I am a bit of a magpie, so I draw inspiration and learnings from several people I meet and learn from the attributes and qualities that they demonstrate. It is so amazing and inspiring when I meet a really successful and put-together female in a position of authority. It makes me want to strive for that.

What is the biggest challenge you have faced to date?

Juggling being a parent and working in a high-pressured and demanding position. I am naturally always going to work hard and push myself, but it can be challenging when also raising a young family. However, my daughter is as opinionated and headstrong as I am, so I need to demonstrate that you can have it all actively, but you need to work hard to do that.

What qualities do you feel makes a good leader?

The leaders I look up to the most always communicate clearly, and concisely and make actionable tasks manageable. It is not about tackling 15 issues at once but rather breaking them down into smaller chunks so you can work through the process and get the job done.

Good leaders also give people space and autonomy to find their own path and style.

As a leader, I think I am incredibly honest and I am consistent. I try hard to be open-minded and fair, but I also understand when I am pushing people out of their comfort zone. It is hard to be a good leader, and I don’t get it right often, but I always try, and I would like to think that people I work with know my intentions and aims, even if sometimes I fall short.

From a work viewpoint what has the last couple of years been like?

CRAZY! Since I started in Condatis, I have managed to get to grips with a technical and complex solution. I feel I am now in a great position to offer guidance and expertise to our clients in all things digital identity. There has been a lot of growth and progression but lots of work and long hours. However, we are seeing the results, making all the effort worthwhile.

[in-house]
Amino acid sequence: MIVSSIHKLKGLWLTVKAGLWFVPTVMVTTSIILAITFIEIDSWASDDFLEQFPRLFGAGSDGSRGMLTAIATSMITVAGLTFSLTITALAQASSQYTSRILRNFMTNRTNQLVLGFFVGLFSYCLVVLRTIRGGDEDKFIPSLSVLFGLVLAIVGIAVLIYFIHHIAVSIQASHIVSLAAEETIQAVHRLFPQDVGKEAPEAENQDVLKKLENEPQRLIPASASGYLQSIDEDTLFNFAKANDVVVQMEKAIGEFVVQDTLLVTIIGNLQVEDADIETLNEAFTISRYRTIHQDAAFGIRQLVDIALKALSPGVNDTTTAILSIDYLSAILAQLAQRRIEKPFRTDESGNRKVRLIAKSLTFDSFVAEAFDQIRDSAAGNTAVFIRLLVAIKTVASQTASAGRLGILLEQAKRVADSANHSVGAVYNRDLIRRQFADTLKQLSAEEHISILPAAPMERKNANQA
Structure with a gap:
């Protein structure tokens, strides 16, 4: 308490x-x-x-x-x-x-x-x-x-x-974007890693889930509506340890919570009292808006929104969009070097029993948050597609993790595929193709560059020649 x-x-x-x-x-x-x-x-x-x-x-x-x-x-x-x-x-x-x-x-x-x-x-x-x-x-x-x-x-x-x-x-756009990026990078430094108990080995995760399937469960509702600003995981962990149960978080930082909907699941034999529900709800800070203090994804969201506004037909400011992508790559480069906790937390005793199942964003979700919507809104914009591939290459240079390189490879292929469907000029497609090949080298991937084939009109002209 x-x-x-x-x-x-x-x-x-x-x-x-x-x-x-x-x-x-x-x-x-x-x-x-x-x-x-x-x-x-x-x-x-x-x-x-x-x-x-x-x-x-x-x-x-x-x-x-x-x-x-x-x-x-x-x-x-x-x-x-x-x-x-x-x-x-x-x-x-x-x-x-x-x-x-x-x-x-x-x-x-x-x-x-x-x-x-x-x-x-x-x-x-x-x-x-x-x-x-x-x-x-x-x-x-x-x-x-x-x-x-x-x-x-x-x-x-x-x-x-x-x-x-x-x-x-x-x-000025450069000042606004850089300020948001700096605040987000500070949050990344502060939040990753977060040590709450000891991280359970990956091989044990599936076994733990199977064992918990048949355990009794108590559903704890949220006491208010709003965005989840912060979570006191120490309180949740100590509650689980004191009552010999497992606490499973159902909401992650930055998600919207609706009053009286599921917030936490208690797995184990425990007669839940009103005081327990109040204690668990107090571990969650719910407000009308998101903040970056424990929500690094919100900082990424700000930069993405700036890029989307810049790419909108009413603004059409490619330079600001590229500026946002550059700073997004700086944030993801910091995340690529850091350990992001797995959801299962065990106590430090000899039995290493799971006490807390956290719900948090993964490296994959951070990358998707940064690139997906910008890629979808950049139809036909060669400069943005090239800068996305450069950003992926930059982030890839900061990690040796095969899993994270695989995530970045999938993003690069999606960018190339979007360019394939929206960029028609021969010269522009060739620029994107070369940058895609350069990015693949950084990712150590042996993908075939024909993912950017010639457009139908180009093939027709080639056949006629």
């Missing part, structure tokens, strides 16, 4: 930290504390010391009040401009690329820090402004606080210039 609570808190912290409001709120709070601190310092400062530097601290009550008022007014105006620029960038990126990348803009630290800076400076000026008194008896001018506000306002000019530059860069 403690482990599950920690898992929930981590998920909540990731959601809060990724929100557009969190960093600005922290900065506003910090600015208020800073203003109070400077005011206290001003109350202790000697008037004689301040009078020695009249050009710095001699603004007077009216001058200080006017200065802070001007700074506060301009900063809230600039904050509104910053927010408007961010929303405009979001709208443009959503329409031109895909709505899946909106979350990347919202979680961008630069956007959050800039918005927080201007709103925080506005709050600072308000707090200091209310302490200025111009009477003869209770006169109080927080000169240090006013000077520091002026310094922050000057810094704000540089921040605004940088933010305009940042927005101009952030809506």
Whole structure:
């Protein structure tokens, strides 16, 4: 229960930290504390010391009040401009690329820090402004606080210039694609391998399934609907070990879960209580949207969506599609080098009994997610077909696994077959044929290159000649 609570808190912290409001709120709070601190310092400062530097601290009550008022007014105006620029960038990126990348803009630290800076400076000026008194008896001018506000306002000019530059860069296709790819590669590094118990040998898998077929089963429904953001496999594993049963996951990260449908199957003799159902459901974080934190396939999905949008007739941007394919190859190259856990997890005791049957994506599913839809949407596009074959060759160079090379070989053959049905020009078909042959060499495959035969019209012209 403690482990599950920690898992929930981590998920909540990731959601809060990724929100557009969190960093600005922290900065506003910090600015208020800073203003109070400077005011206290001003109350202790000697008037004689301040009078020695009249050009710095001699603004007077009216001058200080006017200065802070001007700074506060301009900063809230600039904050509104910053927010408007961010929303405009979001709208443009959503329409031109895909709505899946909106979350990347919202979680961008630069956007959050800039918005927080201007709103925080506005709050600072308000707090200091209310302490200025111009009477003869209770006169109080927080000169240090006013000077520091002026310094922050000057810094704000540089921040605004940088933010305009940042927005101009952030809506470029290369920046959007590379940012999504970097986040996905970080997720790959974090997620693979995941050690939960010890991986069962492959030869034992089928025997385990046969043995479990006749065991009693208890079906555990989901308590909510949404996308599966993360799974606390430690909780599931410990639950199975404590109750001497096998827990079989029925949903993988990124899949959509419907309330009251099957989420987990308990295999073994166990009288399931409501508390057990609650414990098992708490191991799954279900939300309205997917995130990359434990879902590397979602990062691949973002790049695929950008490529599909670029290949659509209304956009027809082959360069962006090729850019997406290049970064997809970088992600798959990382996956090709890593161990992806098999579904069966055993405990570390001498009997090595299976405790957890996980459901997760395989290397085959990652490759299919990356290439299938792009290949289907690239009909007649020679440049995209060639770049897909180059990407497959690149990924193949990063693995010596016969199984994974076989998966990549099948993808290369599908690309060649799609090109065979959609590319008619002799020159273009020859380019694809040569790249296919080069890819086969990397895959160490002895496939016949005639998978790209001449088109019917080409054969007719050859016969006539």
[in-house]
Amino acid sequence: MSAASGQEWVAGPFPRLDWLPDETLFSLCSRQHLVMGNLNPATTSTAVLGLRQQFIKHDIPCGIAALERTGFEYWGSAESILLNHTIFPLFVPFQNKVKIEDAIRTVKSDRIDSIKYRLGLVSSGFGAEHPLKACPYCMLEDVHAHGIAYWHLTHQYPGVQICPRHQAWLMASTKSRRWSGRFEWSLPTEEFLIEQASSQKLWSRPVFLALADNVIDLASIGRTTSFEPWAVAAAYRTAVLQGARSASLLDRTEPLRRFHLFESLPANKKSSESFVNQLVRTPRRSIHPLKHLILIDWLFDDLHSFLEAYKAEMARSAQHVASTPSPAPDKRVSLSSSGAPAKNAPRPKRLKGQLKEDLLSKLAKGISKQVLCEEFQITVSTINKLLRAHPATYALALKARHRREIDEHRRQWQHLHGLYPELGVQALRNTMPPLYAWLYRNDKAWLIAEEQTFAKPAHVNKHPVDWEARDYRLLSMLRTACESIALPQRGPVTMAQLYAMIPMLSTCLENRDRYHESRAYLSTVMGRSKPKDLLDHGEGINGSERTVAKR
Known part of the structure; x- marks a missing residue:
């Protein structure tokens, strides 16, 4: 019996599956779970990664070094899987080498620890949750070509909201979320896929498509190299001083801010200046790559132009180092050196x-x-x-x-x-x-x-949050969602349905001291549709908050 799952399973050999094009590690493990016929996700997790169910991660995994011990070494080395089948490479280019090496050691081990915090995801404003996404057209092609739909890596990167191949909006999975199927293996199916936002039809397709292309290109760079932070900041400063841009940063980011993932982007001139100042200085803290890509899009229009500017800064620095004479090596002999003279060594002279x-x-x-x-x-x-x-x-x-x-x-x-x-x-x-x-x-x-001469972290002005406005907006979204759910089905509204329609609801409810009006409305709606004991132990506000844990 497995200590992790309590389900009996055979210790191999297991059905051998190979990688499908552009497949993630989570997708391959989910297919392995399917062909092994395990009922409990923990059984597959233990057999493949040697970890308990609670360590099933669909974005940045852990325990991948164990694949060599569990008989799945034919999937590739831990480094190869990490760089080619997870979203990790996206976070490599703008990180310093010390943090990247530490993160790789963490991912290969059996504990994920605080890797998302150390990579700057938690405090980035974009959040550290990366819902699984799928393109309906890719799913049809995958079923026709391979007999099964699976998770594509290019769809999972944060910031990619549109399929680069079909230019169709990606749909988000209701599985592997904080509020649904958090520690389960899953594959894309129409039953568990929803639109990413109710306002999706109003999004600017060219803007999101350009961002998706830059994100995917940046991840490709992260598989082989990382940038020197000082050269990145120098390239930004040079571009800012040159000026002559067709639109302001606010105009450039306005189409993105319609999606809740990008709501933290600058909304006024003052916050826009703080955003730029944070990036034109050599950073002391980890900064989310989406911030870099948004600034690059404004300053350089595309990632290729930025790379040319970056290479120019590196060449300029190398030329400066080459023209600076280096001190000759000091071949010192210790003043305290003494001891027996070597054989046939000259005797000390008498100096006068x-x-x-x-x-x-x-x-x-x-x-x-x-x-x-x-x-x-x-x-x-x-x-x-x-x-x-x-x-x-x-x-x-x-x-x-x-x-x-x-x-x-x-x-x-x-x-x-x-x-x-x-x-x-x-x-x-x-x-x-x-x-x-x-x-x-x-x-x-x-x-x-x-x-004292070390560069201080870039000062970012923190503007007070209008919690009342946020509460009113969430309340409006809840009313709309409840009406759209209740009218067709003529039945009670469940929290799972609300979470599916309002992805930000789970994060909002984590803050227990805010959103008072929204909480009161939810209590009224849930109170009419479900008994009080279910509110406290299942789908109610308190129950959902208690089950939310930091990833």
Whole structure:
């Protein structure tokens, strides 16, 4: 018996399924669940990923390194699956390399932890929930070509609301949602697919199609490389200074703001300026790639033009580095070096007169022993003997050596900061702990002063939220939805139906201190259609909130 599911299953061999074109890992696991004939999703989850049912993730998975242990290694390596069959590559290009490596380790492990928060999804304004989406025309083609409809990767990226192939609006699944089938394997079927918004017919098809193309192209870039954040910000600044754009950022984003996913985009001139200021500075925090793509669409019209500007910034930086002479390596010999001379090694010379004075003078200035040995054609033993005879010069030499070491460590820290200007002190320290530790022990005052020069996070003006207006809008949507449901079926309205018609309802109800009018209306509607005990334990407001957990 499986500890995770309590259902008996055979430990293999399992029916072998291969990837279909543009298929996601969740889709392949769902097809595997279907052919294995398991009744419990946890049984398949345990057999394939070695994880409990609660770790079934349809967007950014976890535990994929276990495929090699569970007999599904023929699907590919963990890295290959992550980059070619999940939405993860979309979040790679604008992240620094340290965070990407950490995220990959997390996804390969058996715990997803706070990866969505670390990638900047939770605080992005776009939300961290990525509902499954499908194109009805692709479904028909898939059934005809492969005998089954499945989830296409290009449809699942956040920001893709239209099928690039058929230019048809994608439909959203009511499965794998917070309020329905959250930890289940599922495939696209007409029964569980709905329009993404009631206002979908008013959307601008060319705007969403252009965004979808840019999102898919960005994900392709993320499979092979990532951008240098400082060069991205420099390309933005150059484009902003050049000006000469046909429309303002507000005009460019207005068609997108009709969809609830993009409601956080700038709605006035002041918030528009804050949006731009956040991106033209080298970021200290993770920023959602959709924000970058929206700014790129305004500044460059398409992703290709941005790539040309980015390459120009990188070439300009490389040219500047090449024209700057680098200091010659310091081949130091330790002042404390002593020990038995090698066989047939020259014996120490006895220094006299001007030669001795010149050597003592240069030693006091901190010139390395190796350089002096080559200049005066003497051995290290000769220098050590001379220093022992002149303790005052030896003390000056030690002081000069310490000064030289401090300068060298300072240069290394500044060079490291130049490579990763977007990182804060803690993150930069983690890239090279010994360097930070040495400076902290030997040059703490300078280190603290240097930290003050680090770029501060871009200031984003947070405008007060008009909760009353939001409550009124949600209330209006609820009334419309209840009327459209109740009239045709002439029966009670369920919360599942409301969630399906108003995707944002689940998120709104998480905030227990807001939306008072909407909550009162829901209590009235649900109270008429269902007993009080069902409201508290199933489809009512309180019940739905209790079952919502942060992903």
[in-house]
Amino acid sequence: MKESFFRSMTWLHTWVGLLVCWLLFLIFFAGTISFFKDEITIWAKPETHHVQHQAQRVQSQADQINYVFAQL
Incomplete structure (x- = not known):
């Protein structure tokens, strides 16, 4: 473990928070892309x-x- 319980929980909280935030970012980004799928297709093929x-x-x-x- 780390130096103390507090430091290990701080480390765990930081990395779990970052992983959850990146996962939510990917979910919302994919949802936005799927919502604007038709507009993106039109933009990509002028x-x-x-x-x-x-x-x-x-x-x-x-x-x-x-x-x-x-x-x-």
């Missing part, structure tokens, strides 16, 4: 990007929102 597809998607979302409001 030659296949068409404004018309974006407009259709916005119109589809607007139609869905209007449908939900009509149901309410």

What would you say are the biggest tech-based challenges we face today?

The balance between having the desire and ambition to be innovative versus the ability to challenge the status quo and make fundamental changes. For example, decentralised identity is a really amazing technology, but it does change certain industry norms around data ownership for example. Identity is not a fixed position in technology, it is a journey. Working out where people are on that journey and looking at the big picture is always one of the most enjoyable parts of my role, but also making these stages something that companies can deliver successfully and navigating the process is always varied.

What can be done to encourage more women into the industry?

Women need to understand that to be a female in tech does not mean you have to be in the technical side of things and be a developer, for example. I have spent over ten years in technology, allowing me to engage with some of the most interesting brands and companies, and I can’t code to save my life. A tech career can be what you want it to be, so don’t feel that it needs to equate to coding and don’t write off the opportunity as it has allowed me to travel, learn and have a really rewarding and successful career, thus far!

Give us a fact about you that most other people wouldn’t know.

I am an open book, so most people know most things about me. I guess my guilty pleasure is watching a number of the real Housewives franchises…so maybe people don’t know that about me.